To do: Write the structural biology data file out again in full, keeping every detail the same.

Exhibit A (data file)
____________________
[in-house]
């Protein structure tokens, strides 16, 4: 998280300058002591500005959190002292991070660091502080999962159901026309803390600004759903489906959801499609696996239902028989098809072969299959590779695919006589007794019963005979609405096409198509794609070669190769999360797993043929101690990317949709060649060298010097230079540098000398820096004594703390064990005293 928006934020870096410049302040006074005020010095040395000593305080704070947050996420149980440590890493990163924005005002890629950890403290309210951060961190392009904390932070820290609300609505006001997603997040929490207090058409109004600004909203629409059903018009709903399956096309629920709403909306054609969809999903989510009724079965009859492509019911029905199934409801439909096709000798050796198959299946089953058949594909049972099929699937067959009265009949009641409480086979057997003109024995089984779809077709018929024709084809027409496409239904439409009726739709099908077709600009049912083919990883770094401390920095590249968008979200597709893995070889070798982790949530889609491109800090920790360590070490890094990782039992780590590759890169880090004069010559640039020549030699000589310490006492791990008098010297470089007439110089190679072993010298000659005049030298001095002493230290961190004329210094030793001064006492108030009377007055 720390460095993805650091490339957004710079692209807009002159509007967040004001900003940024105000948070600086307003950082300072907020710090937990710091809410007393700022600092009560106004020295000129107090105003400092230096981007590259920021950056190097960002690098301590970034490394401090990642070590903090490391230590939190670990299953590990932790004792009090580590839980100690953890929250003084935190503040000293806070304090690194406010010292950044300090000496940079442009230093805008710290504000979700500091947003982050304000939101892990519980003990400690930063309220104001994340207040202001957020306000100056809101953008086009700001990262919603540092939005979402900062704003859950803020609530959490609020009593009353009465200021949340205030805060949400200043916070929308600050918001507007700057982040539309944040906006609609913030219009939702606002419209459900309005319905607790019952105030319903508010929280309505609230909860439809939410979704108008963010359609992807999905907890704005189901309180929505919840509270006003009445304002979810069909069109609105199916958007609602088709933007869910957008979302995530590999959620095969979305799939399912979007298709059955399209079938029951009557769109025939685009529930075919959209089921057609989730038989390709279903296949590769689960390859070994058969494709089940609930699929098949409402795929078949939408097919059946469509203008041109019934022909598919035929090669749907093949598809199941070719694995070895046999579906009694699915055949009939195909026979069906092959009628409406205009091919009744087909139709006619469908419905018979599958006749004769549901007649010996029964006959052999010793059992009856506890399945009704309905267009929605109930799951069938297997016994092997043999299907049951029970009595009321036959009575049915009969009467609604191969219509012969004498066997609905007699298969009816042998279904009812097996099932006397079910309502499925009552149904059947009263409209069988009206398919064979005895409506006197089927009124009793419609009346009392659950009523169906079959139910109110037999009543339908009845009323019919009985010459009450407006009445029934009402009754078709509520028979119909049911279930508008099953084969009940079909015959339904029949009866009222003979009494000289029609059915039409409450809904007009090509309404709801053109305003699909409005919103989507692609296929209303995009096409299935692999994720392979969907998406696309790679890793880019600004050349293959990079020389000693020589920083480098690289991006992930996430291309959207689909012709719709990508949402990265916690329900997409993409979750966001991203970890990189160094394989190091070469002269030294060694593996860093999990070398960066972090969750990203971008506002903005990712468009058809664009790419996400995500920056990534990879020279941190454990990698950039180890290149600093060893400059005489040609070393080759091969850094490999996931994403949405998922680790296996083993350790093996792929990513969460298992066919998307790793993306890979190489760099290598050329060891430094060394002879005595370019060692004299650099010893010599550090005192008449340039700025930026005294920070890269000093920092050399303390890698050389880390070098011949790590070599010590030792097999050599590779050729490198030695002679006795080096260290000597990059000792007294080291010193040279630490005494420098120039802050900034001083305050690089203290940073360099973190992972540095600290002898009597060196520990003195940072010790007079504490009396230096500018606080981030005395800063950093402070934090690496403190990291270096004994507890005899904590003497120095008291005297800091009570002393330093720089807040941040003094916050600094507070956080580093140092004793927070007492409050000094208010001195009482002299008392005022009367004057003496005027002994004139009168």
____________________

[in-house]
């Protein structure tokens, strides 16, 4: 998280300058002591500005959190002292991070660091502080999962159901026309803390600004759903489906959801499609696996239902028989098809072969299959590779695919006589007794019963005979609405096409198509794609070669190769999360797993043929101690990317949709060649060298010097230079540098000398820096004594703390064990005293 928006934020870096410049302040006074005020010095040395000593305080704070947050996420149980440590890493990163924005005002890629950890403290309210951060961190392009904390932070820290609300609505006001997603997040929490207090058409109004600004909203629409059903018009709903399956096309629920709403909306054609969809999903989510009724079965009859492509019911029905199934409801439909096709000798050796198959299946089953058949594909049972099929699937067959009265009949009641409480086979057997003109024995089984779809077709018929024709084809027409496409239904439409009726739709099908077709600009049912083919990883770094401390920095590249968008979200597709893995070889070798982790949530889609491109800090920790360590070490890094990782039992780590590759890169880090004069010559640039020549030699000589310490006492791990008098010297470089007439110089190679072993010298000659005049030298001095002493230290961190004329210094030793001064006492108030009377007055 720390460095993805650091490339957004710079692209807009002159509007967040004001900003940024105000948070600086307003950082300072907020710090937990710091809410007393700022600092009560106004020295000129107090105003400092230096981007590259920021950056190097960002690098301590970034490394401090990642070590903090490391230590939190670990299953590990932790004792009090580590839980100690953890929250003084935190503040000293806070304090690194406010010292950044300090000496940079442009230093805008710290504000979700500091947003982050304000939101892990519980003990400690930063309220104001994340207040202001957020306000100056809101953008086009700001990262919603540092939005979402900062704003859950803020609530959490609020009593009353009465200021949340205030805060949400200043916070929308600050918001507007700057982040539309944040906006609609913030219009939702606002419209459900309005319905607790019952105030319903508010929280309505609230909860439809939410979704108008963010359609992807999905907890704005189901309180929505919840509270006003009445304002979810069909069109609105199916958007609602088709933007869910957008979302995530590999959620095969979305799939399912979007298709059955399209079938029951009557769109025939685009529930075919959209089921057609989730038989390709279903296949590769689960390859070994058969494709089940609930699929098949409402795929078949939408097919059946469509203008041109019934022909598919035929090669749907093949598809199941070719694995070895046999579906009694699915055949009939195909026979069906092959009628409406205009091919009744087909139709006619469908419905018979599958006749004769549901007649010996029964006959052999010793059992009856506890399945009704309905267009929605109930799951069938297997016994092997043999299907049951029970009595009321036959009575049915009969009467609604191969219509012969004498066997609905007699298969009816042998279904009812097996099932006397079910309502499925009552149904059947009263409209069988009206398919064979005895409506006197089927009124009793419609009346009392659950009523169906079959139910109110037999009543339908009845009323019919009985010459009450407006009445029934009402009754078709509520028979119909049911279930508008099953084969009940079909015959339904029949009866009222003979009494000289029609059915039409409450809904007009090509309404709801053109305003699909409005919103989507692609296929209303995009096409299935692999994720392979969907998406696309790679890793880019600004050349293959990079020389000693020589920083480098690289991006992930996430291309959207689909012709719709990508949402990265916690329900997409993409979750966001991203970890990189160094394989190091070469002269030294060694593996860093999990070398960066972090969750990203971008506002903005990712468009058809664009790419996400995500920056990534990879020279941190454990990698950039180890290149600093060893400059005489040609070393080759091969850094490999996931994403949405998922680790296996083993350790093996792929990513969460298992066919998307790793993306890979190489760099290598050329060891430094060394002879005595370019060692004299650099010893010599550090005192008449340039700025930026005294920070890269000093920092050399303390890698050389880390070098011949790590070599010590030792097999050599590779050729490198030695002679006795080096260290000597990059000792007294080291010193040279630490005494420098120039802050900034001083305050690089203290940073360099973190992972540095600290002898009597060196520990003195940072010790007079504490009396230096500018606080981030005395800063950093402070934090690496403190990291270096004994507890005899904590003497120095008291005297800091009570002393330093720089807040941040003094916050600094507070956080580093140092004793927070007492409050000094208010001195009482002299008392005022009367004057003496005027002994004139009168």